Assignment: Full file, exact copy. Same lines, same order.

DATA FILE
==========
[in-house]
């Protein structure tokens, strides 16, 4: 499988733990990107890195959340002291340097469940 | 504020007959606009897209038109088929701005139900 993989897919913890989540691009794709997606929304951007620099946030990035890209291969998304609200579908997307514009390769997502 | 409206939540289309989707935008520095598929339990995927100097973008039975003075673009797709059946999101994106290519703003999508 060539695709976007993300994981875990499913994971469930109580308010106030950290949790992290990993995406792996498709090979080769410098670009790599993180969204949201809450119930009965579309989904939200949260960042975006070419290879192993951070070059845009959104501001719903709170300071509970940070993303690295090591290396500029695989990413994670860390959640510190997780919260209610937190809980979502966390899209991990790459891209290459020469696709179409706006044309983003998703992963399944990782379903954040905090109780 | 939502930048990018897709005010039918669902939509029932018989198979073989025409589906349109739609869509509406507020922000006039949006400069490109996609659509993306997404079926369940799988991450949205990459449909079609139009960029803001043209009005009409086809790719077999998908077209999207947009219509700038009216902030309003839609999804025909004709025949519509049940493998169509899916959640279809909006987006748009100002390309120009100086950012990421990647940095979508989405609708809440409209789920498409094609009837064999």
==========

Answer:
[in-house]
């Protein structure tokens, strides 16, 4: 499988733990990107890195959340002291340097469940 | 504020007959606009897209038109088929701005139900 993989897919913890989540691009794709997606929304951007620099946030990035890209291969998304609200579908997307514009390769997502 | 409206939540289309989707935008520095598929339990995927100097973008039975003075673009797709059946999101994106290519703003999508 060539695709976007993300994981875990499913994971469930109580308010106030950290949790992290990993995406792996498709090979080769410098670009790599993180969204949201809450119930009965579309989904939200949260960042975006070419290879192993951070070059845009959104501001719903709170300071509970940070993303690295090591290396500029695989990413994670860390959640510190997780919260209610937190809980979502966390899209991990790459891209290459020469696709179409706006044309983003998703992963399944990782379903954040905090109780 | 939502930048990018897709005010039918669902939509029932018989198979073989025409589906349109739609869509509406507020922000006039949006400069490109996609659509993306997404079926369940799988991450949205990459449909079609139009960029803001043209009005009409086809790719077999998908077209999207947009219509700038009216902030309003839609999804025909004709025949519509049940493998169509899916959640279809909006987006748009100002390309120009100086950012990421990647940095979508989405609708809440409209789920498409094609009837064999």